High school is a difficult time for many teenagers. For 17-year old Domonique Watkins, suspension from high school, abusive relationships at home, multiple foster home placements, severe depression, and thoughts of suicide are all signposts along the road of Domonique’s teenage journey.
Despite those seemingly insurmountable barriers, Domonique has turned her life around, and is still on track to graduate from high school in 2015. She is aiming for college thanks to the breadth of services and engaged staff from the Riverside County Office of Education (RCOE).
“No matter what happens, I’m going to college. I have wanted to be a neurologist since the sixth grade,” Domonique adamantly declared. “A high school diploma is good, but it doesn’t get you the job you want.”
At the age of 16, Domonique found herself suspended from her home high school and assigned to a community day school operated by RCOE, the Arlington Regional Learning Center (ARLC) in Riverside. ARLC is one of seven community day schools operated by RCOE. Although each location offers different programs for at-risk students, the variety of programs and services are focused on the academic, social, and emotional well-being of students while keeping them on track to graduate from high school.
During interactions with staff members at ARLC, Domonique disclosed the abuse she was experiencing, and staff members immediately contacted the authorities. ARLC School Resource Officer and Riverside Police Department Officer Jeremy Miller suggested the “safe house” as a transitional living solution while a foster home could be arranged.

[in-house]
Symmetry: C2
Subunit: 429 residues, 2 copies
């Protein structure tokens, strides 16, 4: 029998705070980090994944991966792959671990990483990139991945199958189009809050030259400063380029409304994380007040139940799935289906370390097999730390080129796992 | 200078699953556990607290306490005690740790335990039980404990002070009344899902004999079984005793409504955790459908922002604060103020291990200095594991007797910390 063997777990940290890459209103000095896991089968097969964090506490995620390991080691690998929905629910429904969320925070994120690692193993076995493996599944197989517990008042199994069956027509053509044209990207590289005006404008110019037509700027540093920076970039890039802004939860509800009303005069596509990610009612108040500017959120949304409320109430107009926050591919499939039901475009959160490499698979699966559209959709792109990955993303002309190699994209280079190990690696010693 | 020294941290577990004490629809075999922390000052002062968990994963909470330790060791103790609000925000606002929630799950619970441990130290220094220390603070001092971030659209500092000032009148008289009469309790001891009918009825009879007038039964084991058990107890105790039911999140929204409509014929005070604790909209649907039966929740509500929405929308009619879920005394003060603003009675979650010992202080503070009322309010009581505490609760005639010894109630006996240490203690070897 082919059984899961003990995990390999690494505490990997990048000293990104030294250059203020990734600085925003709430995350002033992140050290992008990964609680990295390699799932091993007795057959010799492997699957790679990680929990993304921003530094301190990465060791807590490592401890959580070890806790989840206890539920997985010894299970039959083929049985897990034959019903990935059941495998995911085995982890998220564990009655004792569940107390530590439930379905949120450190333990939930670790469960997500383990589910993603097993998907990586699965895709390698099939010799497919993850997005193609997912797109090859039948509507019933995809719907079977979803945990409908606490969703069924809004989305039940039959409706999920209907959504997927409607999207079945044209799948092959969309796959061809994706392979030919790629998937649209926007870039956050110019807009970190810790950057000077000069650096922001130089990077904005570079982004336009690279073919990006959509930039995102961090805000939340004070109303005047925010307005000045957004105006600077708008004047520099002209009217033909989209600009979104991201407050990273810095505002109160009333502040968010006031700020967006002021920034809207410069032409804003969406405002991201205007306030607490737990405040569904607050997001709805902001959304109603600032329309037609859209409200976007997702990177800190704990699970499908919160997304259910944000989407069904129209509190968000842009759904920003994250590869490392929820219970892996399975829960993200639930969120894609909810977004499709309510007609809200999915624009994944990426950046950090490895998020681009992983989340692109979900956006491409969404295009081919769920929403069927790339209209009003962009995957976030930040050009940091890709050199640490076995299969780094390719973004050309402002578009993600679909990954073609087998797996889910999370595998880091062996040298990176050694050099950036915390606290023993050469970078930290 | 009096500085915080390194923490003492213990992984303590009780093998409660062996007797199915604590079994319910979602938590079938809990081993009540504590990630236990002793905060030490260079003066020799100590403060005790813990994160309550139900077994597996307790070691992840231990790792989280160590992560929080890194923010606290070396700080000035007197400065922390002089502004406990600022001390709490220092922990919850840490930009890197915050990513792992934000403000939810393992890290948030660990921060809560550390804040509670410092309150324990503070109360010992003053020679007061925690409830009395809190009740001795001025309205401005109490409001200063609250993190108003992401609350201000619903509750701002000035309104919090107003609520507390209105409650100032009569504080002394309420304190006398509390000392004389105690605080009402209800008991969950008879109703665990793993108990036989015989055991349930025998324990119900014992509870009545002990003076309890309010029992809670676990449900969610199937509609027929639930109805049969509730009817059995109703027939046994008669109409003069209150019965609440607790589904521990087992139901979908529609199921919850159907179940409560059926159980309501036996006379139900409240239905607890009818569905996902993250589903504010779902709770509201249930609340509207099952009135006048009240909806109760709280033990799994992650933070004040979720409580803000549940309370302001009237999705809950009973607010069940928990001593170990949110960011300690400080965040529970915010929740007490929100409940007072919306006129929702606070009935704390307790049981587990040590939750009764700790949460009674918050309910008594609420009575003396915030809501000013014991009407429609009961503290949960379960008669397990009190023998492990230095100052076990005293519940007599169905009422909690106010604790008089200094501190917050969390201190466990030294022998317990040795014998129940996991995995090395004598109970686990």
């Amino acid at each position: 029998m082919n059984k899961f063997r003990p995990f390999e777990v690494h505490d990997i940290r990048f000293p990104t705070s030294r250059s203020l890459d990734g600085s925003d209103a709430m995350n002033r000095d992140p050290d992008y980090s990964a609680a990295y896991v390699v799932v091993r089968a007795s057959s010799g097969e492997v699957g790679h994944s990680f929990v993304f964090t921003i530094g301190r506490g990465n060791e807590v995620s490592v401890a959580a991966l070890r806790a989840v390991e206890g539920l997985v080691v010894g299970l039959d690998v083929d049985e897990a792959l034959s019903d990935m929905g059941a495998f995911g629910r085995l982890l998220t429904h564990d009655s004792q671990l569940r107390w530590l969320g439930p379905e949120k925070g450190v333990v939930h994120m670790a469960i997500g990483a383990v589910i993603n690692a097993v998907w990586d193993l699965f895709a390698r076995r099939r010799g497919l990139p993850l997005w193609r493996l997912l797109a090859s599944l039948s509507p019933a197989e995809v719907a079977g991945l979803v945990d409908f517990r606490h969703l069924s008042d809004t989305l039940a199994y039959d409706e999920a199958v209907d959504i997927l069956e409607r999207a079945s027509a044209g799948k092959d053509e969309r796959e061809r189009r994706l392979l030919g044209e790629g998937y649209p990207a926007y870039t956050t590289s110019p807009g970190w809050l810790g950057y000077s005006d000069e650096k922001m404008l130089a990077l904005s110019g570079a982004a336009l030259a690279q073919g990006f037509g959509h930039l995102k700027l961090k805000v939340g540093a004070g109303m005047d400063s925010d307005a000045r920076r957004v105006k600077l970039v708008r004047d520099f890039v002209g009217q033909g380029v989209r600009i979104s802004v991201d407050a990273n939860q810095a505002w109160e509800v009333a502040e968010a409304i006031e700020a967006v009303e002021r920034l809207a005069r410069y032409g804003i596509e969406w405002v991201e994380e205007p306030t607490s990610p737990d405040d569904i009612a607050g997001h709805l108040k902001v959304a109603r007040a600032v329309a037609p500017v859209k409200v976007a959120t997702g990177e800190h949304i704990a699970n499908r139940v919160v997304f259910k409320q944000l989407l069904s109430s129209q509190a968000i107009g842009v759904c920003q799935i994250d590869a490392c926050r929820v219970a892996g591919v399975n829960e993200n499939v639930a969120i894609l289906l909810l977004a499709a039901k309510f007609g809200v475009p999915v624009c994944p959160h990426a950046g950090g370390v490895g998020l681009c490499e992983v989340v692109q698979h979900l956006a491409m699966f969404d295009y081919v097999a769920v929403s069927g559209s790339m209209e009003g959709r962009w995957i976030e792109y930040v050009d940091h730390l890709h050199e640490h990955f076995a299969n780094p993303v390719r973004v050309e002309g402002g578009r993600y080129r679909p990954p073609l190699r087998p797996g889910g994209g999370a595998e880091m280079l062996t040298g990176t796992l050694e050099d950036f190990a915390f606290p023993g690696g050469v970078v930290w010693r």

“Officer Miller is my hero. He really helped me and I’ll never forget him,” Domonique shared.
Miller remembers encouraging Domonique to do what she wanted to do with her life.
“As a police officer on the street, we deal with kids for 10-15 minutes at a time. But, here (at Arlington RLC), I get to see these students on a regular basis,” Officer Miller said. “What I’ve come to realize is that if I keep talking to them every day, they begin to realize that I’m actually a person who is there for them and wants them to succeed.”
After several foster family transitions, Domonique is now thriving as a student at the Betty G. Gibbel Regional Learning Center in San Jacinto. She was named student of the month twice in 2014, and even kept her streak of perfect attendance alive despite a hospital stay when she wasn’t released until 2 a.m. the night before.
“I used to miss a lot of school when I was depressed. Now, I know that even teachers have bad days, but they still come to work and show what it means to be responsible,” Domonique said. “Plus, it was the last day of the month and I didn’t want to ruin my perfect attendance.”
Despite the trauma in her life, Domonique admits that she “loves helping people.” For nearly two years, she volunteered at a Riverside-area retirement facility to walk one day each week with a resident. She will turn 18 in the spring of 2015 and has plans to become a cadet at the Sunburst Youth Academy in Los Alamitos—a potential gateway to serving in the Armed Forces.
“(The Betty G. Gibbel Regional Learning Center) is a very nice school, and the staff here is helping me to focus on what is in front of me instead of what was in my past,” Domonique said. “Without Officer Miller, ARLC, and this school, I would be a dropout on the street and not seeing anything in my future. I’ve got to prove everybody wrong and show that I can graduate. I’m very confident that I can do it.”